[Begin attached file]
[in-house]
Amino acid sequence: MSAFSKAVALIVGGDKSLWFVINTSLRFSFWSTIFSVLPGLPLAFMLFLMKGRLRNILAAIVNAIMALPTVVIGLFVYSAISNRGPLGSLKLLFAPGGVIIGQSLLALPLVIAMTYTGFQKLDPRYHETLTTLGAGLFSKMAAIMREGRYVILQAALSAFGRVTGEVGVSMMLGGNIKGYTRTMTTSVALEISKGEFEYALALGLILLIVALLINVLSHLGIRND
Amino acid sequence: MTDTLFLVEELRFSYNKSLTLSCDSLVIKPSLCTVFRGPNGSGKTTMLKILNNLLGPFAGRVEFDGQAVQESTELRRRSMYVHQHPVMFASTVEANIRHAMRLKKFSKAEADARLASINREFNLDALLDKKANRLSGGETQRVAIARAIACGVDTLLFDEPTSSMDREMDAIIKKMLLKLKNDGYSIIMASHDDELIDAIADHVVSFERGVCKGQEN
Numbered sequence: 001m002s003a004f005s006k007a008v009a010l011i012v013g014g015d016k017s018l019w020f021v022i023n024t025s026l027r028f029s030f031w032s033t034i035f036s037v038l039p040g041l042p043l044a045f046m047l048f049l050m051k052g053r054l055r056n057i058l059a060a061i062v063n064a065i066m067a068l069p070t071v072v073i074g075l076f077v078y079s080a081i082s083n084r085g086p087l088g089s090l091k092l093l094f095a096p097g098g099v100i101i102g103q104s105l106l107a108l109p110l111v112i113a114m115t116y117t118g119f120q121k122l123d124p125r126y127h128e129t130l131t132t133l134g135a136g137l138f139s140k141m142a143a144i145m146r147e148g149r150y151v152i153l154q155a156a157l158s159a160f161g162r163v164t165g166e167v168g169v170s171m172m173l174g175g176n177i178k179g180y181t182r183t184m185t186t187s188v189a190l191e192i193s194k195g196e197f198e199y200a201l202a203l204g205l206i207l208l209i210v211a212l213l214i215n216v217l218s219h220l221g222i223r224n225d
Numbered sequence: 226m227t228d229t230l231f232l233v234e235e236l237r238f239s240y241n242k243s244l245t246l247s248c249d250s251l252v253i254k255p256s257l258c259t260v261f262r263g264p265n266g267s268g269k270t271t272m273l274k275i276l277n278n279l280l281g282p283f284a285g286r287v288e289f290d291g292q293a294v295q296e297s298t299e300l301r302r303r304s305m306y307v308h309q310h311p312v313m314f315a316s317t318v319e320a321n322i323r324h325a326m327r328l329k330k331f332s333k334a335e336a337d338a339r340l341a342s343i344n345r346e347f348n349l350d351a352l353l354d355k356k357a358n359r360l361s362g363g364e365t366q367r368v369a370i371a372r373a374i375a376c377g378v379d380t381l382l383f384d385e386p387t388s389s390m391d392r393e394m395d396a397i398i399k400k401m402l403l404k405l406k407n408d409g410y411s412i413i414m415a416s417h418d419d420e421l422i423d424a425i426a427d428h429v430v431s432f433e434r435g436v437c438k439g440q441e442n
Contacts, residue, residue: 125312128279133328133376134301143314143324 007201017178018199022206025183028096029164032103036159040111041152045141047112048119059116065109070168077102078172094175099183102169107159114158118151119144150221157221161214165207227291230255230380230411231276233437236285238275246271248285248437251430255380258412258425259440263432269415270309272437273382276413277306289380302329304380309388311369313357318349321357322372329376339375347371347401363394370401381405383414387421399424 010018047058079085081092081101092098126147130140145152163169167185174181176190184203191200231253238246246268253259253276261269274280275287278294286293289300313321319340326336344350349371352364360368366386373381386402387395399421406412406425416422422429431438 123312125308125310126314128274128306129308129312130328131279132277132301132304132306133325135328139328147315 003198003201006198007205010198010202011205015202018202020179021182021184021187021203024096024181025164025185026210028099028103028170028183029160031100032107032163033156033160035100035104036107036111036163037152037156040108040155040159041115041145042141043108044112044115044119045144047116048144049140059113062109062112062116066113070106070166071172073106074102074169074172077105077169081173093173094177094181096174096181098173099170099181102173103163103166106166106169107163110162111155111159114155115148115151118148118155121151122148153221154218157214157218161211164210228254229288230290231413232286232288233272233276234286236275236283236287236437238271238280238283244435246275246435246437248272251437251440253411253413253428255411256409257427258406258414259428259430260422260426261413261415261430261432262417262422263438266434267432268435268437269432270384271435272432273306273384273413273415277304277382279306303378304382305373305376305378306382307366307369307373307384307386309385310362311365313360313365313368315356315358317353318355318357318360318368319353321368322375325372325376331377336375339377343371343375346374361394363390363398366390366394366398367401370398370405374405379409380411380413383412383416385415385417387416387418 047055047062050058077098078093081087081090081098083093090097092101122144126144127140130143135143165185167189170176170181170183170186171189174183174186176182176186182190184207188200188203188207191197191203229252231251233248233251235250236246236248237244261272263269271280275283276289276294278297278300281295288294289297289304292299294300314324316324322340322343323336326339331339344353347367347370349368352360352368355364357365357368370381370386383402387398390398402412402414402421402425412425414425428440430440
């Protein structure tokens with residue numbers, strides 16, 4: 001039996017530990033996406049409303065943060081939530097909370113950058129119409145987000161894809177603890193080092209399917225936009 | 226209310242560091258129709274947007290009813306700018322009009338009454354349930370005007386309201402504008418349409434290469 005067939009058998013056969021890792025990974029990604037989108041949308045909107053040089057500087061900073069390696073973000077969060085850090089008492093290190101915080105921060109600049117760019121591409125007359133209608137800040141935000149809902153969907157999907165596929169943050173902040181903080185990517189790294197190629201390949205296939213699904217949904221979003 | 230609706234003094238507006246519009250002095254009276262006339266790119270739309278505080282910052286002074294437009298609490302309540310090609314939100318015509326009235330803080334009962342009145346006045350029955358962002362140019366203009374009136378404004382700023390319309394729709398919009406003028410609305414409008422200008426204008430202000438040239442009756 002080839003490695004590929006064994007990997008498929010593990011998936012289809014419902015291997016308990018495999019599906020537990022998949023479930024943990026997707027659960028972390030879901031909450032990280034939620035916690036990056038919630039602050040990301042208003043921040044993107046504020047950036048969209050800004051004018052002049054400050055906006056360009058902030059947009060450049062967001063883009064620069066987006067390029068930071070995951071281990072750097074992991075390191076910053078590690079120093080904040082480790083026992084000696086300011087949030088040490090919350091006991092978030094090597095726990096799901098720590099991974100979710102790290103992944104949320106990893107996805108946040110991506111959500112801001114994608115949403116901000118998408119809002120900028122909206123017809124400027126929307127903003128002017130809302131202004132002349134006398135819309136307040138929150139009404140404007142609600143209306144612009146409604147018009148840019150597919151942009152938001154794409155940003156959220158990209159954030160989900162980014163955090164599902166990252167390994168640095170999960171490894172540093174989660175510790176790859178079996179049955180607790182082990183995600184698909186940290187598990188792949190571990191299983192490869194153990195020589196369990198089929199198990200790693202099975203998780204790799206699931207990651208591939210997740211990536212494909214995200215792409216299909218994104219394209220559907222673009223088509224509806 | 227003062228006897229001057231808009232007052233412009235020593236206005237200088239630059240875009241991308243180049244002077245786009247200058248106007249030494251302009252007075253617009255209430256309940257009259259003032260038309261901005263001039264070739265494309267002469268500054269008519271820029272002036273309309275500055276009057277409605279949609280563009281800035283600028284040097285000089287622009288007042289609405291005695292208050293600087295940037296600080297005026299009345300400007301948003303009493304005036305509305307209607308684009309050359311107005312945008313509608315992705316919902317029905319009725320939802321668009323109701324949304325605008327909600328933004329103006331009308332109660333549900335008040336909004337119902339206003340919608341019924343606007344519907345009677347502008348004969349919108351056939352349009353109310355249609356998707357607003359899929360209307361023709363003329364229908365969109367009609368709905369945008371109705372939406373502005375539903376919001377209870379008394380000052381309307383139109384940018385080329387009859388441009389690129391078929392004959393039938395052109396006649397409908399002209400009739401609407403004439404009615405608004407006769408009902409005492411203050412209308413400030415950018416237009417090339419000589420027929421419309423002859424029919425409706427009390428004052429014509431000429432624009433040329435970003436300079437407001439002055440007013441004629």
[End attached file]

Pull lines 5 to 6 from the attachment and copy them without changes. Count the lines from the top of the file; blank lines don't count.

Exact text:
Numbered sequence: 226m227t228d229t230l231f232l233v234e235e236l237r238f239s240y241n242k243s244l245t246l247s248c249d250s251l252v253i254k255p256s257l258c259t260v261f262r263g264p265n266g267s268g269k270t271t272m273l274k275i276l277n278n279l280l281g282p283f284a285g286r287v288e289f290d291g292q293a294v295q296e297s298t299e300l301r302r303r304s305m306y307v308h309q310h311p312v313m314f315a316s317t318v319e320a321n322i323r324h325a326m327r328l329k330k331f332s333k334a335e336a337d338a339r340l341a342s343i344n345r346e347f348n349l350d351a352l353l354d355k356k357a358n359r360l361s362g363g364e365t366q367r368v369a370i371a372r373a374i375a376c377g378v379d380t381l382l383f384d385e386p387t388s389s390m391d392r393e394m395d396a397i398i399k400k401m402l403l404k405l406k407n408d409g410y411s412i413i414m415a416s417h418d419d420e421l422i423d424a425i426a427d428h429v430v431s432f433e434r435g436v437c438k439g440q441e442n
Contacts, residue, residue: 125312128279133328133376134301143314143324 007201017178018199022206025183028096029164032103036159040111041152045141047112048119059116065109070168077102078172094175099183102169107159114158118151119144150221157221161214165207227291230255230380230411231276233437236285238275246271248285248437251430255380258412258425259440263432269415270309272437273382276413277306289380302329304380309388311369313357318349321357322372329376339375347371347401363394370401381405383414387421399424 010018047058079085081092081101092098126147130140145152163169167185174181176190184203191200231253238246246268253259253276261269274280275287278294286293289300313321319340326336344350349371352364360368366386373381386402387395399421406412406425416422422429431438 123312125308125310126314128274128306129308129312130328131279132277132301132304132306133325135328139328147315 003198003201006198007205010198010202011205015202018202020179021182021184021187021203024096024181025164025185026210028099028103028170028183029160031100032107032163033156033160035100035104036107036111036163037152037156040108040155040159041115041145042141043108044112044115044119045144047116048144049140059113062109062112062116066113070106070166071172073106074102074169074172077105077169081173093173094177094181096174096181098173099170099181102173103163103166106166106169107163110162111155111159114155115148115151118148118155121151122148153221154218157214157218161211164210228254229288230290231413232286232288233272233276234286236275236283236287236437238271238280238283244435246275246435246437248272251437251440253411253413253428255411256409257427258406258414259428259430260422260426261413261415261430261432262417262422263438266434267432268435268437269432270384271435272432273306273384273413273415277304277382279306303378304382305373305376305378306382307366307369307373307384307386309385310362311365313360313365313368315356315358317353318355318357318360318368319353321368322375325372325376331377336375339377343371343375346374361394363390363398366390366394366398367401370398370405374405379409380411380413383412383416385415385417387416387418 047055047062050058077098078093081087081090081098083093090097092101122144126144127140130143135143165185167189170176170181170183170186171189174183174186176182176186182190184207188200188203188207191197191203229252231251233248233251235250236246236248237244261272263269271280275283276289276294278297278300281295288294289297289304292299294300314324316324322340322343323336326339331339344353347367347370349368352360352368355364357365357368370381370386383402387398390398402412402414402421402425412425414425428440430440